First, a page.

Non compete clauses

(7 Posts)
DrDreReturns Mon 27-Jan-20 20:30:41

I am thinking of applying for a job with a direct competitor to my current company. However my contract has a non compete clause saying I can't work for any business 'which is of the same or similar type' to my employer for 12 months. Is this likely to be enforceable? 12 months seems excessively long to me. The clause does not specify any geographical restrictions, which is probably reasonable as I work in IT.
For reference I am a mid level employee, I am not a manager or a senior member of staff. I do not deal with clients or customers, I work on technical projects for my employer.

OP’s posts: |
flowery Mon 27-Jan-20 20:40:55

Hmm. 12 months is high, yes, and depending on your role, might be excessive and therefore unenforceable.

Basically they cannot prevent you reasonably earning a living. Can you do what you do for a company that isn't of a similar type?

Is the business genuinely likely to suffer a loss if you go to a competitor?

DrDreReturns Mon 27-Jan-20 20:43:19

Can you do what you do for a company that isn't of a similar type? Yes I can.

Is the business genuinely likely to suffer a loss if you go to a competitor? Only in terms of the inconvenience of replacing me. They won't lose any business / contacts as a consequence of me leaving.

OP’s posts: |
snackarella Mon 27-Jan-20 20:49:50

Restrictive covenants like this are rarely enforceable unless in a client facing business / role.
Unless there are tech secrets to be shared?!

DrDreReturns Mon 27-Jan-20 20:53:42

Lol I haven't been involved in cutting edge development!

OP’s posts: |
wibdib Mon 27-Jan-20 21:10:20

I rang the legal helpline on ny house insurance about this several years ago as like you it just felt like they were being incredibly restrictive and unreasonable in not letting me change jobs to do something similar for a year - were they expecting me to work at Tesco for a year and lose my skills? Or to have saved enough to live on? They certainly weren’t offering to fund the year of no work. And at the time the field I worked in within IT and product development was incredibly small so to go and do the same thing anywhere would have been seen as a direct competitor (luckily the field has increased exponentially in the intervening time so shouldn’t be such an issue now).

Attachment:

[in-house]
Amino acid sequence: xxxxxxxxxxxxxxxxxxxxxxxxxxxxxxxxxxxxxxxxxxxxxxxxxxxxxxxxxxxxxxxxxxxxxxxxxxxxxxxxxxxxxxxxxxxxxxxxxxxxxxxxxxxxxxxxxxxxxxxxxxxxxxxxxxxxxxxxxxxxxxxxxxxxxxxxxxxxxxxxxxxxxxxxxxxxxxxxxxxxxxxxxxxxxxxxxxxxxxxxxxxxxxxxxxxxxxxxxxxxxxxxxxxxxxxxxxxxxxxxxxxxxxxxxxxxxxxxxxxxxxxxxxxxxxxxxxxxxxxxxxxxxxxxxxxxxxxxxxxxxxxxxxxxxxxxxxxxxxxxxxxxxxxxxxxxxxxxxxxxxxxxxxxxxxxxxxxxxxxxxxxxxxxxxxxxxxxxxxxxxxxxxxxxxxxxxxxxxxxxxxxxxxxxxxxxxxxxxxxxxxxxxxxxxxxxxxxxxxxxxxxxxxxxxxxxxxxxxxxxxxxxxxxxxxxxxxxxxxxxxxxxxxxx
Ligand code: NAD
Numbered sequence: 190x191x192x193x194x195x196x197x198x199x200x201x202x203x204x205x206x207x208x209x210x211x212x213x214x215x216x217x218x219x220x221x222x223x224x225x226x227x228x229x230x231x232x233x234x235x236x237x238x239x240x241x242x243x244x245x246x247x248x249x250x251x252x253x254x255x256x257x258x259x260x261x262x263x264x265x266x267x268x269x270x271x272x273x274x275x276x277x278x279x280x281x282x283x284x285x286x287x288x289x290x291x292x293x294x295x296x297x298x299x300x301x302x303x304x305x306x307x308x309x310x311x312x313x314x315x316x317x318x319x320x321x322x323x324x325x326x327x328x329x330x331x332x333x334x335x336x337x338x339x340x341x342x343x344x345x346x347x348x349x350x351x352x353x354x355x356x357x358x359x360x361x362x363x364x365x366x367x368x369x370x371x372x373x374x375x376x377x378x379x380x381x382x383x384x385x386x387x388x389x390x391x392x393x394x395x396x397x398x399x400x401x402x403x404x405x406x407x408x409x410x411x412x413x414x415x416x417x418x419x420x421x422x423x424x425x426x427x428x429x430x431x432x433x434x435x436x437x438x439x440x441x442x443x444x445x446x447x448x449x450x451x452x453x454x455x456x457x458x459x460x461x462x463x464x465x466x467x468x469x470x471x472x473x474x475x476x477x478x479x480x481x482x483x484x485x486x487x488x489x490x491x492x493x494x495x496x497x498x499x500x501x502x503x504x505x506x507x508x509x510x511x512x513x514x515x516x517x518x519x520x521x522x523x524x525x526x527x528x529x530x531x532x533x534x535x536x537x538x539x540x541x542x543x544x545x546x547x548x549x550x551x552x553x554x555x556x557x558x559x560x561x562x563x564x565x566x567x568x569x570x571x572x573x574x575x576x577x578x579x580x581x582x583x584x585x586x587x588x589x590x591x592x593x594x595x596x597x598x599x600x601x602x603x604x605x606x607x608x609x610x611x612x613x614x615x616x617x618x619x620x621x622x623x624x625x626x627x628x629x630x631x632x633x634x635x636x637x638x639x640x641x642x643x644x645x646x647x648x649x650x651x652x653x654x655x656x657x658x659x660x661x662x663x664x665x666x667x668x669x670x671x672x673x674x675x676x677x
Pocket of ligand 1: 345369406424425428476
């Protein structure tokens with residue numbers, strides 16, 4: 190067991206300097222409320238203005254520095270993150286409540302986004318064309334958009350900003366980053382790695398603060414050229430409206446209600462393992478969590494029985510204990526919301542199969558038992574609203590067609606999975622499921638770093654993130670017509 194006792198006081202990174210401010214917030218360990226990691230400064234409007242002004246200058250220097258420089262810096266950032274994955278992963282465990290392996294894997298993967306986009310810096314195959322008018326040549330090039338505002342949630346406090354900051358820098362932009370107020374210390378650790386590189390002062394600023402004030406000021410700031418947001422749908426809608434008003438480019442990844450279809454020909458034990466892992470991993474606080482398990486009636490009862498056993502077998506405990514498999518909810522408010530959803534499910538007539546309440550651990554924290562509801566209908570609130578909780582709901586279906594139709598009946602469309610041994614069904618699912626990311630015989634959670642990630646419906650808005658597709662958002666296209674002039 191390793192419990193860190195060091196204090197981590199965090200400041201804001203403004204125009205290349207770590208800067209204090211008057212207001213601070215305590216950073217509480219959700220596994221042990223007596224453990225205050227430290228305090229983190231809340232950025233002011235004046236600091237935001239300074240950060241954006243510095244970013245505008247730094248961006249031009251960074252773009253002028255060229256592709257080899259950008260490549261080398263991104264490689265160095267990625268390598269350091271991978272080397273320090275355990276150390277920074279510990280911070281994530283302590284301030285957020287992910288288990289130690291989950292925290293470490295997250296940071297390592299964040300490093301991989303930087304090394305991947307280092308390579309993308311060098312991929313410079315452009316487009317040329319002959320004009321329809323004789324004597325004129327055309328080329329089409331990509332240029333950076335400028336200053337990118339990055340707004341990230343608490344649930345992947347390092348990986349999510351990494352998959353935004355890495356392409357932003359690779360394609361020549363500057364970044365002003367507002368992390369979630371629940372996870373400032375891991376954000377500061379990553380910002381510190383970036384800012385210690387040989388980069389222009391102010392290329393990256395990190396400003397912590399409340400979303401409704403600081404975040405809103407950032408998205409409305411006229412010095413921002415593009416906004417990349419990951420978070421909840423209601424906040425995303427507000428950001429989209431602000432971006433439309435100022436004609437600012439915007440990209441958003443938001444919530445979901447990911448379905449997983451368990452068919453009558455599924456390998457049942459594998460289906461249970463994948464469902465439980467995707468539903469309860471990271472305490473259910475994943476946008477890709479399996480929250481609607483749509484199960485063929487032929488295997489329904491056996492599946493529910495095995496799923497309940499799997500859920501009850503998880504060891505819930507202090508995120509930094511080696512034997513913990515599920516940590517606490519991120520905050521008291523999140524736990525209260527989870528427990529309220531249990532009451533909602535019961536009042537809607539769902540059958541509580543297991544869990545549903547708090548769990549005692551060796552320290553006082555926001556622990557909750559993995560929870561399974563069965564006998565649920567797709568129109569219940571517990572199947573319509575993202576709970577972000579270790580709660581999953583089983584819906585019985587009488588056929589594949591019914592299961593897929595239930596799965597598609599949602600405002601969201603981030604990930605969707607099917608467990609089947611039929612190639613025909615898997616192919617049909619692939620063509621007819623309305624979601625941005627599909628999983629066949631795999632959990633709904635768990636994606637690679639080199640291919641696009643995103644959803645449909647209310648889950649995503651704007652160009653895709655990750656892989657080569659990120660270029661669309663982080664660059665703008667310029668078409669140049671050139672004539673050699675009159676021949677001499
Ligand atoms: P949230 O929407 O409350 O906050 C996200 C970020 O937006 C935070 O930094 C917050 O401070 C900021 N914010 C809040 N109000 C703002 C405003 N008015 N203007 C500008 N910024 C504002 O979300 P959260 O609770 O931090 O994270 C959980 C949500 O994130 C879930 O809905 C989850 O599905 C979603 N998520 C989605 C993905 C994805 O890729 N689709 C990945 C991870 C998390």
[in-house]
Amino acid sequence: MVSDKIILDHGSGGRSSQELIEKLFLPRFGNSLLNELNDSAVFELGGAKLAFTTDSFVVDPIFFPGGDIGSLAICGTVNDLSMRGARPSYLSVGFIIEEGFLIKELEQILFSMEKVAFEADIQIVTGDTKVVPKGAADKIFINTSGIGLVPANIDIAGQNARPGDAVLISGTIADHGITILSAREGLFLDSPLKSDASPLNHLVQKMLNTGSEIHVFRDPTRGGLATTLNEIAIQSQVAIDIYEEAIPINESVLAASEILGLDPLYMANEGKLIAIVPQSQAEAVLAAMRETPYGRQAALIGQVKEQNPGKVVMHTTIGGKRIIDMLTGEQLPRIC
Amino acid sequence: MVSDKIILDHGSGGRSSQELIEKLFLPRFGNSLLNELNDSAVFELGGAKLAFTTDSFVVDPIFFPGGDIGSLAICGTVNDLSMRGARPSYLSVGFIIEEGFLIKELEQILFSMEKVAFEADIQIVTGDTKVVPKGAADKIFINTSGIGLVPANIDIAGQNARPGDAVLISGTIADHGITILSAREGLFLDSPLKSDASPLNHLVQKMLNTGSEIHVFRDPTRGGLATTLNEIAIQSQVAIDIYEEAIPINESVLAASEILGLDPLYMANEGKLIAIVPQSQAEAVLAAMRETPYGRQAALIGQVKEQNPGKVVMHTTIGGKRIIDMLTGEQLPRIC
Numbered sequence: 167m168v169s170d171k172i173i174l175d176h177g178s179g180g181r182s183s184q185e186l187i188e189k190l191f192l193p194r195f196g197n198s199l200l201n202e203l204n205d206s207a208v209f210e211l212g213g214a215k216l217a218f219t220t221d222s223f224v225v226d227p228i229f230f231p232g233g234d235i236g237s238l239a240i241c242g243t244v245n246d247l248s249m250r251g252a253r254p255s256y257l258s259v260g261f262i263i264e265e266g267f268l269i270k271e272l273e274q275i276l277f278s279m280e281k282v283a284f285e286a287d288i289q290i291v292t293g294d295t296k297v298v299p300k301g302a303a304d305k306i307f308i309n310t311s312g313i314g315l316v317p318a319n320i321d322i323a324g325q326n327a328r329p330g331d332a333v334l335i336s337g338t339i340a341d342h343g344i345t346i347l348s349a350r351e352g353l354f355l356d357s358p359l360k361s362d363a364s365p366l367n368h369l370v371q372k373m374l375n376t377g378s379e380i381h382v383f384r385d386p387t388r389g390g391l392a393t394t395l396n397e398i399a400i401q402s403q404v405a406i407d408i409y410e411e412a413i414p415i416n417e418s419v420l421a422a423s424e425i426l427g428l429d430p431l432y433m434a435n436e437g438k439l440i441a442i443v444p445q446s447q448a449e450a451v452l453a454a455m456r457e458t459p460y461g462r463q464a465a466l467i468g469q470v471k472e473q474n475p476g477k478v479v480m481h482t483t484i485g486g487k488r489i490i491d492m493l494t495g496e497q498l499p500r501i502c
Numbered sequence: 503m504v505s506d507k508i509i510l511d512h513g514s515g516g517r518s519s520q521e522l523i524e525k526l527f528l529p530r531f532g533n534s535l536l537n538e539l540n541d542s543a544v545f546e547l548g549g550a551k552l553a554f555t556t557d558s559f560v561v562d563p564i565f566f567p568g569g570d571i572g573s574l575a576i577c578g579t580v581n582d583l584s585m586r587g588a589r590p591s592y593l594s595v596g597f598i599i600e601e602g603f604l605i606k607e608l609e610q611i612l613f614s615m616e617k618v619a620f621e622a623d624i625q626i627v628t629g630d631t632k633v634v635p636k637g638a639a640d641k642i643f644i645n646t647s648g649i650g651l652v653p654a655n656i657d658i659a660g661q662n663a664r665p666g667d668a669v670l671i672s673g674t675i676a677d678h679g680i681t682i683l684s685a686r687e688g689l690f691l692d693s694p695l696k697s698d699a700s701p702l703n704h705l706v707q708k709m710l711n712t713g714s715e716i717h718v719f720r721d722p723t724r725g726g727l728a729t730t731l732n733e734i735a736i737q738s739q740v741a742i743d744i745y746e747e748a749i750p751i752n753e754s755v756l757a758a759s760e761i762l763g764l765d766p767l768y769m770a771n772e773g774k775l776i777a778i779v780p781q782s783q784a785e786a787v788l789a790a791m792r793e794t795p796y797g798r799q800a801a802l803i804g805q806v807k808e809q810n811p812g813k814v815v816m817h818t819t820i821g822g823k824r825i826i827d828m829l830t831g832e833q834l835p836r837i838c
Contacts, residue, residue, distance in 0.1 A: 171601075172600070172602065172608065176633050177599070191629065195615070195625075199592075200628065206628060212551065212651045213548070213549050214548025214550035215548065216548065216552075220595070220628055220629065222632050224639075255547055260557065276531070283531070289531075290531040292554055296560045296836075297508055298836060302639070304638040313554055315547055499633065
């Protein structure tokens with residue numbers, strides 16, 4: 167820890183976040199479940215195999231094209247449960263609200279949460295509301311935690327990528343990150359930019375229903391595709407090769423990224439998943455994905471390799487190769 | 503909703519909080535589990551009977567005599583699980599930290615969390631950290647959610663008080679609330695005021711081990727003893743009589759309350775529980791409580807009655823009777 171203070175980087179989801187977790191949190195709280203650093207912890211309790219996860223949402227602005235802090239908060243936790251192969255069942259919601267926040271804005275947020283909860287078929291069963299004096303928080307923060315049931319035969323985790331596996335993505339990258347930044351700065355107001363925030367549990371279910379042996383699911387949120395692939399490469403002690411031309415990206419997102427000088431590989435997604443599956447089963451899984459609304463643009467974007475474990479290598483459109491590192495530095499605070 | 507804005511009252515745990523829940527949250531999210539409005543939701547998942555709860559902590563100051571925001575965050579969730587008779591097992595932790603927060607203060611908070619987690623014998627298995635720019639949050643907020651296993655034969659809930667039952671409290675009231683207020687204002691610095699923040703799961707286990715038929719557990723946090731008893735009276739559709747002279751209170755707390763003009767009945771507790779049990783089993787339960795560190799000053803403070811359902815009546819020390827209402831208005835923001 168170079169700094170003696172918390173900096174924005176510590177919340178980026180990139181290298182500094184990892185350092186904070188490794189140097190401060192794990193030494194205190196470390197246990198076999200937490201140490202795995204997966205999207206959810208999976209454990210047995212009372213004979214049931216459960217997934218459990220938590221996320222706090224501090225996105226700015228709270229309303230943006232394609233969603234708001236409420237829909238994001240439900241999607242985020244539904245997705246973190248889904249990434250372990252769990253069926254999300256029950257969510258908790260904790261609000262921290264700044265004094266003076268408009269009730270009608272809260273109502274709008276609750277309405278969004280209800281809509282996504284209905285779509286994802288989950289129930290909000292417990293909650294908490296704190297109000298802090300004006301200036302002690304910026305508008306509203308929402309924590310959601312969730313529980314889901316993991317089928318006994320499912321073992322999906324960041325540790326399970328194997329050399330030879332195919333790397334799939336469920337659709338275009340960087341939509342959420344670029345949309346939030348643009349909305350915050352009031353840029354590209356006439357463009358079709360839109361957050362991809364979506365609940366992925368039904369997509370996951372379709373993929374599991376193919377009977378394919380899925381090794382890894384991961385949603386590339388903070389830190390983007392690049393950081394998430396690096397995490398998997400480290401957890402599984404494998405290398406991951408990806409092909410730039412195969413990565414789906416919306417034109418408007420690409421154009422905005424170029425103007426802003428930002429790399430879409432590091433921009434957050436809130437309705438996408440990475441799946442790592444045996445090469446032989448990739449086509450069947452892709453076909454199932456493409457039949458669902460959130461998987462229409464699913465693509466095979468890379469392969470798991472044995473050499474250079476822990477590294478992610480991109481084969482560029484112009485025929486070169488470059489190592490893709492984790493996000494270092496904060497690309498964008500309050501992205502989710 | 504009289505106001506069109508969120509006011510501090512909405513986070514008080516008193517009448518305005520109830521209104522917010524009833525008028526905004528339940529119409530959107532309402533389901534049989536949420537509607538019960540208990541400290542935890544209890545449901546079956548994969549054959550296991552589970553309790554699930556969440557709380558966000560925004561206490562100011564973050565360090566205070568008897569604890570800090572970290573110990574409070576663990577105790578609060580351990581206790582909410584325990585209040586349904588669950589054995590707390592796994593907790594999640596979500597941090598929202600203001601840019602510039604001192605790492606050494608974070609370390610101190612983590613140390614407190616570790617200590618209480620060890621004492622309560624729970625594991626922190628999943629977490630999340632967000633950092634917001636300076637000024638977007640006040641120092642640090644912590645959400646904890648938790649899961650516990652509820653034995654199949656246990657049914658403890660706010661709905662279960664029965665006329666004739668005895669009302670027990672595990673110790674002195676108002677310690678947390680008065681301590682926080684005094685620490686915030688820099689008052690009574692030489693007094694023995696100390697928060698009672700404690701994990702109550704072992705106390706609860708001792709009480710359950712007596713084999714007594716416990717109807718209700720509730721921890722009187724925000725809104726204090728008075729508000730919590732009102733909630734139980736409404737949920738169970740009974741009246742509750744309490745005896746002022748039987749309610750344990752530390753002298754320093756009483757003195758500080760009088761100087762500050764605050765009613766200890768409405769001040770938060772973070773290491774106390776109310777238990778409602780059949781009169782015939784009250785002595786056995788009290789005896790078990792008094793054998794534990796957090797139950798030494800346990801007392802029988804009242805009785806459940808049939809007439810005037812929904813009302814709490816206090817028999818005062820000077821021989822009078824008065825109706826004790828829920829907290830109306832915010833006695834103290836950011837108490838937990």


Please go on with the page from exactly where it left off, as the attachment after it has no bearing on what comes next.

The advice I received at the time was that the longer the clause in your contract the better as that would be seen to be unreasonable to support yourself out of your field for 6 or more months (wasn’t at a senior grade) whereas potentially they could argue that a month or two was reasonable to enable them to embed your replacement in, particularly if you dealt with external clients.

They also said to look at their practices when employing someone - would they be happy to advertise a normal level job and wait a year for the person after they had been recruited if that person had twiddled their thumbs for a year? Or would they expect to wait for normal notice period of a month or two?

If you have legal cover through ibsurance/bank/union etc might be worth giving them a call for up to date advice and see if they can give you a sentence to use if challenged to make them realise that it’s not enforceable and they’re not scaring you by saying it is as you know you’re in the right.

flowery Mon 27-Jan-20 22:28:15

Ok so it sounds as though the restriction isn’t unreasonable preventing you from earning a living, but it may well be excessive and not strictly necessary/justified to protect genuine business interests, which would mean it wouldn’t be unlikely to be enforceable.

Your practical considerations are:

1. Are they likely to try and enforce it? You don’t really want to have to go to court to fight this. Do you know if they generally enforce it?

2. Is the potential new employer going to be prepared to risk possibly getting involved in a legal battle/ defending a claim that they interfered in a third party contract? They may prefer to stay clear.

It’s probably unlikely they’ll bother trying to enforce it and it’s fairly likely that if they do try, they won’t succeed, so it’s a question of whether you’re willing to test that or not.

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